Wednesday, November 18, 2009


As I mentioned previously, Claustrophobia is set in the Hell Dorado universe. The rulebook mentions the connection once, and there are some minor references that fans of Hell Dorado will catch - but you don't need to know anything about Hell Dorado to enjoy Claustrophobia, as they are very different games.

The basic story behind Claustrophobia is that the city of New Jerusalem is under constant attack by demons, who are attacking from the catacombs below the city.

Enter the Redeemer:


Joined by a small force of convicts, the Redeemer has been entering the catacombs, and has had some small successes at beating back the Demonic menace.


So how does it play?

Surprisingly smoothly.

Step 1: Human Initiative.
The Human player rolls as many dice as he has Warriors. Each warrior is then assigned one of the dice.


In this image, the die is a '1', so the Condemned Blade for Hire uses the top line of his stats - Movement of 1, Combat of 3, Defense of 3. If the Blade had taken damage, there would be red tokens in the holes next to the stat lines. If you assign a die tied to a damaged stat line, the character is Exhausted - that is, Move 0, Combat 0, Defense 3.

Step 2: Human Action Phase
The Human player activates each Warrior in turn. The warriors will explore the maze and fight Demons during this phase.

Step 3: Demon Threat Phase
The Demon player rolls 3 dice, and assigns them to their control board.


Each space on the board does something different. Some of them allow the Demon player to draw cards, some give them Threat Points which are used to summon Demons, and some of them temporarily modify the stats and abilities of the Demons.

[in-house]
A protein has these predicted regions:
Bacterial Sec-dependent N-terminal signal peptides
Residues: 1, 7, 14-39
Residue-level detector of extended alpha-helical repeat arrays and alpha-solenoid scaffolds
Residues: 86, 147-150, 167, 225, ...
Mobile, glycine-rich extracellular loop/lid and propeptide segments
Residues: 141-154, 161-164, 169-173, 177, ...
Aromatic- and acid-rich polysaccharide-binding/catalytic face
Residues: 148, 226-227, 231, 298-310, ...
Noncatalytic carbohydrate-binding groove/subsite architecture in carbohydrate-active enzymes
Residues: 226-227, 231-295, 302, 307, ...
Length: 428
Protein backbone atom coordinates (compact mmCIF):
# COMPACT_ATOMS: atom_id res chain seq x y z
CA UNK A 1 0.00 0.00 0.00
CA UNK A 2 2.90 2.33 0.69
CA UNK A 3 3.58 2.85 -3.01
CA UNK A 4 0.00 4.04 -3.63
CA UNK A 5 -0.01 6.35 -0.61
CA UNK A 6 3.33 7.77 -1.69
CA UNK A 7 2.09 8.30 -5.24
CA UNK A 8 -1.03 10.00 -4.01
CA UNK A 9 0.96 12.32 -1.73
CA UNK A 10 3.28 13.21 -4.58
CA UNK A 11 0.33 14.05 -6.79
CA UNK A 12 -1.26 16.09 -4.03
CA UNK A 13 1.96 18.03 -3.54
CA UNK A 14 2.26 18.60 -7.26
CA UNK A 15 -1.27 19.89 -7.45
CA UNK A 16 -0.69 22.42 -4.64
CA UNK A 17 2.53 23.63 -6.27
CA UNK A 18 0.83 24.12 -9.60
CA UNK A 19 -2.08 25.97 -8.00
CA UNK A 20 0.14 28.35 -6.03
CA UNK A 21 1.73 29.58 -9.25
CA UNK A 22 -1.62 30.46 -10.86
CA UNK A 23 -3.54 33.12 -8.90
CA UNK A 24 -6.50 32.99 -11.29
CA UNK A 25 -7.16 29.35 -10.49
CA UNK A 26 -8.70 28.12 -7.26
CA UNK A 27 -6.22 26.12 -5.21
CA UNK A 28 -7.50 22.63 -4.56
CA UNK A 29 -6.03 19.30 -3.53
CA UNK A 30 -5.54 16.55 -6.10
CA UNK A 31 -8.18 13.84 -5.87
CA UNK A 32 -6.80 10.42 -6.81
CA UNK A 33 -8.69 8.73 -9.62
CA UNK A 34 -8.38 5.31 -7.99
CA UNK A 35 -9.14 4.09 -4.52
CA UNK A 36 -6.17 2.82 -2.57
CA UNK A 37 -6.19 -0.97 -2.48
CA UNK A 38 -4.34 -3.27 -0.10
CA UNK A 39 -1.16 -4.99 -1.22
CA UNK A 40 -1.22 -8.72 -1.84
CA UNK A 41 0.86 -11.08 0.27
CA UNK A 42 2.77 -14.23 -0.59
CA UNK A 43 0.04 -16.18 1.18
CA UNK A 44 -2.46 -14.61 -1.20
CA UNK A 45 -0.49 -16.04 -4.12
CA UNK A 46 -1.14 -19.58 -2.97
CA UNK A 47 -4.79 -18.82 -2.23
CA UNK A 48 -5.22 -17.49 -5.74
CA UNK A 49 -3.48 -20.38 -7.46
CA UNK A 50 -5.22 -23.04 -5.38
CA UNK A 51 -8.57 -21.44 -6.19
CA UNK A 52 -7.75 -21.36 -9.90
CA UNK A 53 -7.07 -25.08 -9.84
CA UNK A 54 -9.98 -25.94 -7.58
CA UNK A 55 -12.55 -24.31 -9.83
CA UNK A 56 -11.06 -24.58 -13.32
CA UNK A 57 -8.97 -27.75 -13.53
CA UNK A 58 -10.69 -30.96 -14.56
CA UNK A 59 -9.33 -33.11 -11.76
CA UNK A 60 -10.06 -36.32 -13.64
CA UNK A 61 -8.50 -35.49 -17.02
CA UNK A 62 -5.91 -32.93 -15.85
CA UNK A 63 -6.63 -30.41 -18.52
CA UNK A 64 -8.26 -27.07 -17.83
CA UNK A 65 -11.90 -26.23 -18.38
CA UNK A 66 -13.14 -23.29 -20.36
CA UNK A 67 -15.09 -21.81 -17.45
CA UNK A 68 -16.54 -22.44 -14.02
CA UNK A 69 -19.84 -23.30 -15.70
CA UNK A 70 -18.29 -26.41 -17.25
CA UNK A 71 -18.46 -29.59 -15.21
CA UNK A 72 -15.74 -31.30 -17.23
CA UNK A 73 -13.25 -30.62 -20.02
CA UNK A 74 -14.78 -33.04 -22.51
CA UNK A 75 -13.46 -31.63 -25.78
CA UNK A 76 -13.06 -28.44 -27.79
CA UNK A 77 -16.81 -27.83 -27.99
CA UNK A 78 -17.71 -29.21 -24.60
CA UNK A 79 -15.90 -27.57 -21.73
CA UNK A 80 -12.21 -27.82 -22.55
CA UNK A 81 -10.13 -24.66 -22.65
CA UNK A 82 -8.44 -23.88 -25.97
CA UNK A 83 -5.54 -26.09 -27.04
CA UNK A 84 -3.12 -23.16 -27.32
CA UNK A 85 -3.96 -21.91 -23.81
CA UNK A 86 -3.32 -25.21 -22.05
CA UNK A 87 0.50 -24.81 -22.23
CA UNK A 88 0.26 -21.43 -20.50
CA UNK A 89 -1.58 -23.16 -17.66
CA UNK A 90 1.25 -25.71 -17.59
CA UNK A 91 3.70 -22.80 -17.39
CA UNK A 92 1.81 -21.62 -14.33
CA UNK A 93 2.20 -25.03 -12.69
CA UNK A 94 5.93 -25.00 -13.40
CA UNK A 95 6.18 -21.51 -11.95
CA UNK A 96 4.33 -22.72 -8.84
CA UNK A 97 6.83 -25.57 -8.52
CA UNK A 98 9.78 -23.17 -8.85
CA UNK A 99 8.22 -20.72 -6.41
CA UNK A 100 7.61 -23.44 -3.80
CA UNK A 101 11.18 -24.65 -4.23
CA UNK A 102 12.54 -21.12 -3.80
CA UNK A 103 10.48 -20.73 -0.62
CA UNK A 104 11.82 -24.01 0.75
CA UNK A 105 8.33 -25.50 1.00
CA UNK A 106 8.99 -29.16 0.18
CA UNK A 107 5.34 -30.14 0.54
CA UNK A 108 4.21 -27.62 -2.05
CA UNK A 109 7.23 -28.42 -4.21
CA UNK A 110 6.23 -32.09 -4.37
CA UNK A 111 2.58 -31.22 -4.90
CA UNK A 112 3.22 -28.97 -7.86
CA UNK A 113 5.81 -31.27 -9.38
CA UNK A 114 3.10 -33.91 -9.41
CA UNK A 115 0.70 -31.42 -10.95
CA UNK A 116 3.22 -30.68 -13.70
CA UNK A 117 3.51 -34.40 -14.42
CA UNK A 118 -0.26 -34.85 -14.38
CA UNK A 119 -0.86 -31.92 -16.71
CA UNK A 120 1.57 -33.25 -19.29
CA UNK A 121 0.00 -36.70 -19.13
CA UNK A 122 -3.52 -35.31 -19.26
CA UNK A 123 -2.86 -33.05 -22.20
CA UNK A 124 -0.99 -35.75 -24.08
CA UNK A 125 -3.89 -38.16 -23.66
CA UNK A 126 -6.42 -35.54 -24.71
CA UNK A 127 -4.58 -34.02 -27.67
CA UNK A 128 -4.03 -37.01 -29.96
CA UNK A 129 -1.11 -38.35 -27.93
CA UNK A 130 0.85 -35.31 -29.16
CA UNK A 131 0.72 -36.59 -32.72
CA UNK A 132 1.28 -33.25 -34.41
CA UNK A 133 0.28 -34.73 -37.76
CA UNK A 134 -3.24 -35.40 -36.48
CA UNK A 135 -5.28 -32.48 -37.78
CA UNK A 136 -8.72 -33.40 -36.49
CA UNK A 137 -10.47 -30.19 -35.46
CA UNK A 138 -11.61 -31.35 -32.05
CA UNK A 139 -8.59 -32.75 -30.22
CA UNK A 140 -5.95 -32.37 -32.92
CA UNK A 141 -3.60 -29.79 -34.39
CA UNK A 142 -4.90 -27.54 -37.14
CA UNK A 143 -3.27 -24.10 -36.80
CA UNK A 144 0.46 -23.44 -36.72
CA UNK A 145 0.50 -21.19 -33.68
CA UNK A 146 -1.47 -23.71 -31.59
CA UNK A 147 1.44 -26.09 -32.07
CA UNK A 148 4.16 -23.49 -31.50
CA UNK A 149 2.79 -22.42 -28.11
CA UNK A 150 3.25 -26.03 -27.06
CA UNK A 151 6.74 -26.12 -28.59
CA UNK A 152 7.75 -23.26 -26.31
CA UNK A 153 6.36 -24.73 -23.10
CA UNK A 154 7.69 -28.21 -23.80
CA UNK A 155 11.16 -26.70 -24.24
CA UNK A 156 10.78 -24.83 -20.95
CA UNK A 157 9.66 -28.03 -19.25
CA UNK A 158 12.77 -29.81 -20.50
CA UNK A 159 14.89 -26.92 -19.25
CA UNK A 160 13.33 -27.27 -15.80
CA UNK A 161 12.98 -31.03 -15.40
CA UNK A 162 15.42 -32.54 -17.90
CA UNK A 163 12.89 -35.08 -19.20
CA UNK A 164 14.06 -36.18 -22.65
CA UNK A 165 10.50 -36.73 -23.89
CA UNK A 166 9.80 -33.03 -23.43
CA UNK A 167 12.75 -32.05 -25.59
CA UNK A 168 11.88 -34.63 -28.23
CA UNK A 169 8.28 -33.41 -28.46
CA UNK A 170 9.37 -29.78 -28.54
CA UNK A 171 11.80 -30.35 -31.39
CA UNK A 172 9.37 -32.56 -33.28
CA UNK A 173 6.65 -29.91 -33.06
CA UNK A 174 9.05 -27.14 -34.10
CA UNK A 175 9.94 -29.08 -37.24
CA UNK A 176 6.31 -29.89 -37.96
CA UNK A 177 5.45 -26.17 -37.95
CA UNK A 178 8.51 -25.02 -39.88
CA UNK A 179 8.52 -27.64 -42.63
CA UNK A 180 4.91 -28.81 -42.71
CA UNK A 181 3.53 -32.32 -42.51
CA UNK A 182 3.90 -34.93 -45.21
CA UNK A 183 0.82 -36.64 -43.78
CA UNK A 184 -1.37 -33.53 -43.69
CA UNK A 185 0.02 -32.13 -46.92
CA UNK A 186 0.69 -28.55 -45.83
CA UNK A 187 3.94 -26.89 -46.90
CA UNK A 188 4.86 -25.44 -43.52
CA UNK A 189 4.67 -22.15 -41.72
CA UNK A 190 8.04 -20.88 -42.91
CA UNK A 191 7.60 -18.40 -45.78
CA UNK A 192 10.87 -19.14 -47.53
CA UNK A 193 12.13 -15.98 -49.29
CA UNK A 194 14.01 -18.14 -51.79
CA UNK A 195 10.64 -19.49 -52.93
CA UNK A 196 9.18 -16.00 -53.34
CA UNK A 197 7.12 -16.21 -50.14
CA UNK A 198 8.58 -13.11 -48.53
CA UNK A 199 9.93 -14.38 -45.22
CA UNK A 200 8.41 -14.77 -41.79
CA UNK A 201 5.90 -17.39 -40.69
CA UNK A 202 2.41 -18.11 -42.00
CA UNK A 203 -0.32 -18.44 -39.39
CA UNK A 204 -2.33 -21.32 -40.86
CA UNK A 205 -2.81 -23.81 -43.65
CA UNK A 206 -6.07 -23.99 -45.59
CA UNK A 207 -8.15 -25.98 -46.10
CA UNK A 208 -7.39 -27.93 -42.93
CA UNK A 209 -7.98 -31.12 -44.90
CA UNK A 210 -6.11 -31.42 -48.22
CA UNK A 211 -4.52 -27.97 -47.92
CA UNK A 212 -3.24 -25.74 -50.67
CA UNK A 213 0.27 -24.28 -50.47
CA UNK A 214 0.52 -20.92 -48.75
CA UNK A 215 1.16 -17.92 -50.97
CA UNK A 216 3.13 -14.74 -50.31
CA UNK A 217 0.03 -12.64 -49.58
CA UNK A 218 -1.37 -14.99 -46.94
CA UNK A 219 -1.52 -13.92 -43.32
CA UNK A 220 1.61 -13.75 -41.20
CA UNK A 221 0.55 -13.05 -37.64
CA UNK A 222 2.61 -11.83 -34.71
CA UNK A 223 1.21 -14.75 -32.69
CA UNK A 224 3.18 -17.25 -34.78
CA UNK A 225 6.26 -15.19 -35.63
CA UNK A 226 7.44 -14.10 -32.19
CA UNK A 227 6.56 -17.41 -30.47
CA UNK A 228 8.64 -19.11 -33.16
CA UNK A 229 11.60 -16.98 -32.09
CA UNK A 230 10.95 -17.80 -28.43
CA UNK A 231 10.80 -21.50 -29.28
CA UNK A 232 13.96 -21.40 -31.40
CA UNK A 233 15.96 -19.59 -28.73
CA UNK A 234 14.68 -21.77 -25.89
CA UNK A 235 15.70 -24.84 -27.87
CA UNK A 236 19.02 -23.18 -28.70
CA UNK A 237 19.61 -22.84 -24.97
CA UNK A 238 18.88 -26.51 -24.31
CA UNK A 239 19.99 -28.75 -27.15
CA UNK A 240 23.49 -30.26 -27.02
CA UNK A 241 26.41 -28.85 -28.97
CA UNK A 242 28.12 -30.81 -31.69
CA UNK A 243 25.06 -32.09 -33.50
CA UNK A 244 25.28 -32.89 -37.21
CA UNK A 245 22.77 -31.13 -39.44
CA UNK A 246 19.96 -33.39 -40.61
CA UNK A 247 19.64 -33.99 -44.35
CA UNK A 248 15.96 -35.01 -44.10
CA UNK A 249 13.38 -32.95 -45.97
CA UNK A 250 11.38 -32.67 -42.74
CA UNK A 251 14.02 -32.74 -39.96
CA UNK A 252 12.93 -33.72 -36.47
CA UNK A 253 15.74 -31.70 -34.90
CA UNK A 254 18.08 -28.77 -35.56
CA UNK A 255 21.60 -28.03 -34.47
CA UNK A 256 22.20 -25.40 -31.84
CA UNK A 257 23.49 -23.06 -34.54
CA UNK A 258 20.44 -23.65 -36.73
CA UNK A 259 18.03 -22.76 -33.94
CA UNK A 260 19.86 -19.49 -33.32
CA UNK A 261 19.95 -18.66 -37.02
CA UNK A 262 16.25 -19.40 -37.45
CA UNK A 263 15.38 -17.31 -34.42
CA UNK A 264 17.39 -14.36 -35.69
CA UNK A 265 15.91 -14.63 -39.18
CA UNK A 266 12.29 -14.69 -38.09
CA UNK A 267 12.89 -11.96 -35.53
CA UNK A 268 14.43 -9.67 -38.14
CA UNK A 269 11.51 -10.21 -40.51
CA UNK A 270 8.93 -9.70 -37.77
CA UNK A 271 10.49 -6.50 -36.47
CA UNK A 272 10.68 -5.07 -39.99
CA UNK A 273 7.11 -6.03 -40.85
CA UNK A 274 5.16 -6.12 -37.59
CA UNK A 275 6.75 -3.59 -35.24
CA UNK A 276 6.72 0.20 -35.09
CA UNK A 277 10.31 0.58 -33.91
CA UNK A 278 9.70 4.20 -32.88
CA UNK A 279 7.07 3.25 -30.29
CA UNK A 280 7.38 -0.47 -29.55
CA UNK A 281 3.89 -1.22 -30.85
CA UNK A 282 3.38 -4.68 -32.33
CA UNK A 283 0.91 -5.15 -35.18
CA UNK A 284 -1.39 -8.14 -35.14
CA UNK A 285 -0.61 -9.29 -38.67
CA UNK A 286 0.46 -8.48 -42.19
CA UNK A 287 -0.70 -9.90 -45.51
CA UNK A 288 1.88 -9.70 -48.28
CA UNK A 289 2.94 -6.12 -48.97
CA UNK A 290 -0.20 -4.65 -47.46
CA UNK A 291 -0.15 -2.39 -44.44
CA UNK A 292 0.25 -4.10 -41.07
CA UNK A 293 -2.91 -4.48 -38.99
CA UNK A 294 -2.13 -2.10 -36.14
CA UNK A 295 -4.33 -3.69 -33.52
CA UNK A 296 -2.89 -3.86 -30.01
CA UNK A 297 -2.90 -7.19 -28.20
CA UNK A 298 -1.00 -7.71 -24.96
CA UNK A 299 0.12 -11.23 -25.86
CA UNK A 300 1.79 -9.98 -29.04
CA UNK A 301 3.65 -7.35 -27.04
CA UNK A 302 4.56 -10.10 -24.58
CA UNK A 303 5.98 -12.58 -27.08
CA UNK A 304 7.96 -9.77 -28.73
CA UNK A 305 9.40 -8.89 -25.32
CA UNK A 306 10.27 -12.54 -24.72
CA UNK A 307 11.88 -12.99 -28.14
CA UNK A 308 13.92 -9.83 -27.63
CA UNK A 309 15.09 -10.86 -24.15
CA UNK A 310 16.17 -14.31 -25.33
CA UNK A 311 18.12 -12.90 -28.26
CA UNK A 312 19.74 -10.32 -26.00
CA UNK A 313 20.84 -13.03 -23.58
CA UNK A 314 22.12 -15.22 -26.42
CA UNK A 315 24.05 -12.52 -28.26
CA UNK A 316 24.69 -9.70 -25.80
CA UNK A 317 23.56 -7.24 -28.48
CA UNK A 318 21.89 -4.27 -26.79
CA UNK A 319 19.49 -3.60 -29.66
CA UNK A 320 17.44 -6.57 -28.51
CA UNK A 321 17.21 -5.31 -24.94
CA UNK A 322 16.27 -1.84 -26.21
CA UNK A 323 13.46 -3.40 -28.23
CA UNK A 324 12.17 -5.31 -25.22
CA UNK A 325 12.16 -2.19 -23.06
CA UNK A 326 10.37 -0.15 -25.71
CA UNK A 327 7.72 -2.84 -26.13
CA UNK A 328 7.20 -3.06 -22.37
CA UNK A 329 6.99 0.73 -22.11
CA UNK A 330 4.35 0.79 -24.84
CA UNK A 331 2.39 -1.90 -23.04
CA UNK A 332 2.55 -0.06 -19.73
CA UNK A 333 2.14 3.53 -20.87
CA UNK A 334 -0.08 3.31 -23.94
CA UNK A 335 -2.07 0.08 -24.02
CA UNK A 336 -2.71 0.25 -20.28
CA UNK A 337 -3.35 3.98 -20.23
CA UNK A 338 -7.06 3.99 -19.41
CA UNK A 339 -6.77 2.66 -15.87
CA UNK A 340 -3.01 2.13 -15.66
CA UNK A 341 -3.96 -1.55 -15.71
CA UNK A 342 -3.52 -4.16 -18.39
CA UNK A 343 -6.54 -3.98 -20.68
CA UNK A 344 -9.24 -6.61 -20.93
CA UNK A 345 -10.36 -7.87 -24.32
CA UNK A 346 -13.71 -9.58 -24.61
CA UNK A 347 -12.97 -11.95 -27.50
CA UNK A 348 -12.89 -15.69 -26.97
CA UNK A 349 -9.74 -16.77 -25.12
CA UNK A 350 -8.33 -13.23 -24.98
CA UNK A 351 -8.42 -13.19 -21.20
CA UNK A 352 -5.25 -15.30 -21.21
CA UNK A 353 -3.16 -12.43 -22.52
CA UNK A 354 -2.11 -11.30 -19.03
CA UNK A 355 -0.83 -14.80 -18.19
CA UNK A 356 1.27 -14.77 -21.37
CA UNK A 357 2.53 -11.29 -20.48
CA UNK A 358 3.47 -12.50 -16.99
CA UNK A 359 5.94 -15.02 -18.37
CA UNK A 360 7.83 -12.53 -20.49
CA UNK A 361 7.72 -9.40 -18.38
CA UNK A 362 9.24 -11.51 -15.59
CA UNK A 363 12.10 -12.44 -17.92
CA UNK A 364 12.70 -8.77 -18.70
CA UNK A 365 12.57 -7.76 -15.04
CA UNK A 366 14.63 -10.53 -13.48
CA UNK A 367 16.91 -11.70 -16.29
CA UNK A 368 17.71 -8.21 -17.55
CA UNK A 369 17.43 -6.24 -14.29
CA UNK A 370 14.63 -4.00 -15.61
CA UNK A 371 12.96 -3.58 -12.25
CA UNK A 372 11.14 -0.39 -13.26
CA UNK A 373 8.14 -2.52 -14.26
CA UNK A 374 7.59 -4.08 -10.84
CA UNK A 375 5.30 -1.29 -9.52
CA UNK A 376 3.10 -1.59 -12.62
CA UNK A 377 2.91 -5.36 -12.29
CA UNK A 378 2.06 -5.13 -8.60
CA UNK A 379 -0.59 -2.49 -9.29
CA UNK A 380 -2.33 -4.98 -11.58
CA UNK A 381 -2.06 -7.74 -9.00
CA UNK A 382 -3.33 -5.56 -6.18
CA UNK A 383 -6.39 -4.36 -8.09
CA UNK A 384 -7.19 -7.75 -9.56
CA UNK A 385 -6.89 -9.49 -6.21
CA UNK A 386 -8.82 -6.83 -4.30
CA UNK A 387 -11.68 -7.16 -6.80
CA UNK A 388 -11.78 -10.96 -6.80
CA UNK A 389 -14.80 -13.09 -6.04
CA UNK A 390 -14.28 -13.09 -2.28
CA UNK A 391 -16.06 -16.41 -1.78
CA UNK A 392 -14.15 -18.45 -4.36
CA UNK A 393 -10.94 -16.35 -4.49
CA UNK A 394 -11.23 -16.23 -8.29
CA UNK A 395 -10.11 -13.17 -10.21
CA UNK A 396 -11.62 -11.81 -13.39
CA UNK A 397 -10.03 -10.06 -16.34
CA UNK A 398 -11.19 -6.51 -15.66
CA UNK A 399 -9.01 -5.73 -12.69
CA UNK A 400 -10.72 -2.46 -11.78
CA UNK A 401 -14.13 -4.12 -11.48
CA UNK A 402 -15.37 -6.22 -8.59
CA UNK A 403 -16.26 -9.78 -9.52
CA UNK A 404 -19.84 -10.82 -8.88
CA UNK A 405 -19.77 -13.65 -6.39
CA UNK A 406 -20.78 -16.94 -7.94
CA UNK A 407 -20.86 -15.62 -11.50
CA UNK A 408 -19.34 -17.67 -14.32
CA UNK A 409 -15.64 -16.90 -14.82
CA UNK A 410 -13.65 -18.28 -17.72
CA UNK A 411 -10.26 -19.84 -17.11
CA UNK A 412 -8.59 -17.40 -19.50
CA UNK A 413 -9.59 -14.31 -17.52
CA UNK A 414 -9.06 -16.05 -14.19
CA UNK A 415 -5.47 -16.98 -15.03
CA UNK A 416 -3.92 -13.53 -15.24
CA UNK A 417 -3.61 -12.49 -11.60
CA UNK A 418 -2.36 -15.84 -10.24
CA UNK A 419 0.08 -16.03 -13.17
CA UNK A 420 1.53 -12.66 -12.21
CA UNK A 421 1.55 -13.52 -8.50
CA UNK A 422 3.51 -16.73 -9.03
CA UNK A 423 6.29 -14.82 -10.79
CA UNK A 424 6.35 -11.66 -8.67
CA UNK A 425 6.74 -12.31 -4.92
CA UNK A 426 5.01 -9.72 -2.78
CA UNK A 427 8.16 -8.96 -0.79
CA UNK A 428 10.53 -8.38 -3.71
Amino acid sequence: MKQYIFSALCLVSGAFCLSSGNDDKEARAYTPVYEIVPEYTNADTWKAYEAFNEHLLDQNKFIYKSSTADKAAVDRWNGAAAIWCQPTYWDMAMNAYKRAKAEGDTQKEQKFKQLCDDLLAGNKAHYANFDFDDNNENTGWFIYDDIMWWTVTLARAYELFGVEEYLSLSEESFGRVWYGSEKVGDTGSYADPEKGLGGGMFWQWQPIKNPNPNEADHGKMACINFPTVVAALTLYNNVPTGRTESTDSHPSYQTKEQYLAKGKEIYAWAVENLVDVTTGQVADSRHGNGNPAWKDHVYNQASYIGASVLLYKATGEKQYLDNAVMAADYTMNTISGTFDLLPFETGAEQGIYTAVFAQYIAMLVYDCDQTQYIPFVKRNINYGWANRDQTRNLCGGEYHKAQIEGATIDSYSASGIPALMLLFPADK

During their Threat Phase, they also spend their Threat Points to summon Demons.

Step 4: Demon Player's Action Phase
During this phase, the Demons move around the board and attack the humans.

Obviously, there's more to it than that. For example, many of the rooms cause special effects - some double the damage dealt in combat, some of them slow movement down. Each Human warrior has a different skill (or skills) in addition to their ever-changing stat line.

The game is scenario based - in the first scenario (for example), the goal is for the humans to find the exit and escape. If two Human warriors escape, the Humans win. If all of the Humans die, the Demons win. Any other result is a draw. Every time the Humans reveal a room (along the side with the d10), the d10 is increased and moved to an exit on the new room (or the nearest room if the new room is a dead end). When the die reaches ten, the next tile is the exit.

Each Scenario has a different reference card for the larger demon. Sure they could have used some of their Hell Dorado sculpts and included more minis - but they would have significantly increased the price and not actually added much to the game.

What does it look like in play?


In fact, I may not play this on a table very often - it's big. Very big. I have a large table, but not everyone will. So be prepared to play this on the floor.

The game is also expandable. The rulebook says to watch for new scenarios on their website. I suspect that new scenarios will have new demon reference cards.

If the game does well enough, I wouldn't be surprised to see expansions with more warriors (for both sides) and a variety of new scenarios.

I have a package waiting for me in my apartment complex's office. It contains Dungeon Twister: Prison and several other games. I'll probably get around to discussing them next week.

I've paused work on my solo cards until I get a few solo games under my belt. I want to make sure that my work plays similarly to the official version.


  1. Looks good, simple but fun. Is it a 2 player game, or more?

  2. It is a two-player only game.

    File that under "Critical Stuff I Forgot To Mention."



  3. Anonymous6:18 PM

    How many scenarios does it have out of the box?

  4. The game ships with six scenarios. There is one already on the official website, and at least one more ready to go.